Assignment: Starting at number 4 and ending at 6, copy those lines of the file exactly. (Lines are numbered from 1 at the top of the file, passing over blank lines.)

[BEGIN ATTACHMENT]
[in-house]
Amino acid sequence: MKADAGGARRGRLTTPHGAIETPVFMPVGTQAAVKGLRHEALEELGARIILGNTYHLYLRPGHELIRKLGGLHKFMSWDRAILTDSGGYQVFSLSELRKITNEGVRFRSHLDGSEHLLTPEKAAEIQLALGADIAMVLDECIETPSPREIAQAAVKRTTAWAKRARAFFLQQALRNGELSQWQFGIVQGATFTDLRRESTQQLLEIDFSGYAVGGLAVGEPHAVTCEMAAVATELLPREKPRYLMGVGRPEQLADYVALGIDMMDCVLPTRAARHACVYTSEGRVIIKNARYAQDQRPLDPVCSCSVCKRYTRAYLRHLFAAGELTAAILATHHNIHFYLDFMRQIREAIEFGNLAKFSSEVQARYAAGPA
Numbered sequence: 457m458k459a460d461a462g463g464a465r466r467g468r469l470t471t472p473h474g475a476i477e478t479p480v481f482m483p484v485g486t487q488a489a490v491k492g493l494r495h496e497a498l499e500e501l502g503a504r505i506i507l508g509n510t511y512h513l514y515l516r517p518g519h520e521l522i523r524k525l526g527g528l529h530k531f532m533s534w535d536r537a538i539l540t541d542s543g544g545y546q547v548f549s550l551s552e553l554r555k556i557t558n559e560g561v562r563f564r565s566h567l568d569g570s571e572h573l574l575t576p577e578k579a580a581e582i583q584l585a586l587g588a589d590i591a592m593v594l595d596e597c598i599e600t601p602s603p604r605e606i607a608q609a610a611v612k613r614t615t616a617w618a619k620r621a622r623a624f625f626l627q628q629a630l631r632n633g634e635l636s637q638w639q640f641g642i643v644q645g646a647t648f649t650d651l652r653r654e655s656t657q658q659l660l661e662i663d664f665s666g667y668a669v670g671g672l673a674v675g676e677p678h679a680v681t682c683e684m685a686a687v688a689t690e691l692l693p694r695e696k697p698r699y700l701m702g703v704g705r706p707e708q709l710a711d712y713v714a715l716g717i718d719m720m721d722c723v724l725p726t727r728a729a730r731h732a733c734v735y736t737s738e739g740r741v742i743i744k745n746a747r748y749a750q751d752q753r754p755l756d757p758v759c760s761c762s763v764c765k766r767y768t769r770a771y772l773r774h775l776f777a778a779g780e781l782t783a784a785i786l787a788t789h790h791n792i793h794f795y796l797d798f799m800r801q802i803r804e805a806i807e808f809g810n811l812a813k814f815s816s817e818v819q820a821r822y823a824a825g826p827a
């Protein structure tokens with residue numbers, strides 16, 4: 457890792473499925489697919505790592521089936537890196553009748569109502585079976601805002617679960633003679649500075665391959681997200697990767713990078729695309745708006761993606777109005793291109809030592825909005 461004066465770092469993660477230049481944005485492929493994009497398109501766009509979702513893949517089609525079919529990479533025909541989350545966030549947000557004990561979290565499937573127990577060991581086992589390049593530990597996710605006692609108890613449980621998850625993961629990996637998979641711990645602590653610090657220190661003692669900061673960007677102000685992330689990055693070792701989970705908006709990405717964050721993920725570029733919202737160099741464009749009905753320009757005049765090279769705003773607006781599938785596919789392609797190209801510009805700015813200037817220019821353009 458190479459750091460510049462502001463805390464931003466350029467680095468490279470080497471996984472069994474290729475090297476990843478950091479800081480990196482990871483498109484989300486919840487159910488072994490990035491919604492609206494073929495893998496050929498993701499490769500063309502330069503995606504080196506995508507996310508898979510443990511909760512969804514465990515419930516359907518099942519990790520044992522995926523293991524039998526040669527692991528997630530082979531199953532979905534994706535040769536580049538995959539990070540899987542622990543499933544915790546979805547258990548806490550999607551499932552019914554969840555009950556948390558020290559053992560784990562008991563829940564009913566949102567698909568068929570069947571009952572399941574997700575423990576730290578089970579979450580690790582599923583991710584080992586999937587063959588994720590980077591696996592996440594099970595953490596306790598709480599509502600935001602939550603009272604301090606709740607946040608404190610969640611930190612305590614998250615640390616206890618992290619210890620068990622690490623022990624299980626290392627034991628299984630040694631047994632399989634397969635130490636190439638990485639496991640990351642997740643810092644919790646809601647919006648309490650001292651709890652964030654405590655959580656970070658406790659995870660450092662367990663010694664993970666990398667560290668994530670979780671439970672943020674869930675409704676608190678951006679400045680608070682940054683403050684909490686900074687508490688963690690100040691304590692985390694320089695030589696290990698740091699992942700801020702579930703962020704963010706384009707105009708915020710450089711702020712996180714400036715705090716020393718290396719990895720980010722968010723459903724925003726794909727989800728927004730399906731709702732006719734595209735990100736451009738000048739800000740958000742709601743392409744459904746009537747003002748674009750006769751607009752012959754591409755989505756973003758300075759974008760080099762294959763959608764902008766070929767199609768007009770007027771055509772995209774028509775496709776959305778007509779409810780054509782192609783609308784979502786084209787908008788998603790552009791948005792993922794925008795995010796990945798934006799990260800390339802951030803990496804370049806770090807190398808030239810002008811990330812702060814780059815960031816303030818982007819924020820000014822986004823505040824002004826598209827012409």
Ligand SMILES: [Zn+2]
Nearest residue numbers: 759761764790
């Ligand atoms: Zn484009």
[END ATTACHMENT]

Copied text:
């Protein structure tokens with residue numbers, strides 16, 4: 457890792473499925489697919505790592521089936537890196553009748569109502585079976601805002617679960633003679649500075665391959681997200697990767713990078729695309745708006761993606777109005793291109809030592825909005 461004066465770092469993660477230049481944005485492929493994009497398109501766009509979702513893949517089609525079919529990479533025909541989350545966030549947000557004990561979290565499937573127990577060991581086992589390049593530990597996710605006692609108890613449980621998850625993961629990996637998979641711990645602590653610090657220190661003692669900061673960007677102000685992330689990055693070792701989970705908006709990405717964050721993920725570029733919202737160099741464009749009905753320009757005049765090279769705003773607006781599938785596919789392609797190209801510009805700015813200037817220019821353009 458190479459750091460510049462502001463805390464931003466350029467680095468490279470080497471996984472069994474290729475090297476990843478950091479800081480990196482990871483498109484989300486919840487159910488072994490990035491919604492609206494073929495893998496050929498993701499490769500063309502330069503995606504080196506995508507996310508898979510443990511909760512969804514465990515419930516359907518099942519990790520044992522995926523293991524039998526040669527692991528997630530082979531199953532979905534994706535040769536580049538995959539990070540899987542622990543499933544915790546979805547258990548806490550999607551499932552019914554969840555009950556948390558020290559053992560784990562008991563829940564009913566949102567698909568068929570069947571009952572399941574997700575423990576730290578089970579979450580690790582599923583991710584080992586999937587063959588994720590980077591696996592996440594099970595953490596306790598709480599509502600935001602939550603009272604301090606709740607946040608404190610969640611930190612305590614998250615640390616206890618992290619210890620068990622690490623022990624299980626290392627034991628299984630040694631047994632399989634397969635130490636190439638990485639496991640990351642997740643810092644919790646809601647919006648309490650001292651709890652964030654405590655959580656970070658406790659995870660450092662367990663010694664993970666990398667560290668994530670979780671439970672943020674869930675409704676608190678951006679400045680608070682940054683403050684909490686900074687508490688963690690100040691304590692985390694320089695030589696290990698740091699992942700801020702579930703962020704963010706384009707105009708915020710450089711702020712996180714400036715705090716020393718290396719990895720980010722968010723459903724925003726794909727989800728927004730399906731709702732006719734595209735990100736451009738000048739800000740958000742709601743392409744459904746009537747003002748674009750006769751607009752012959754591409755989505756973003758300075759974008760080099762294959763959608764902008766070929767199609768007009770007027771055509772995209774028509775496709776959305778007509779409810780054509782192609783609308784979502786084209787908008788998603790552009791948005792993922794925008795995010796990945798934006799990260800390339802951030803990496804370049806770090807190398808030239810002008811990330812702060814780059815960031816303030818982007819924020820000014822986004823505040824002004826598209827012409």
Ligand SMILES: [Zn+2]
Nearest residue numbers: 759761764790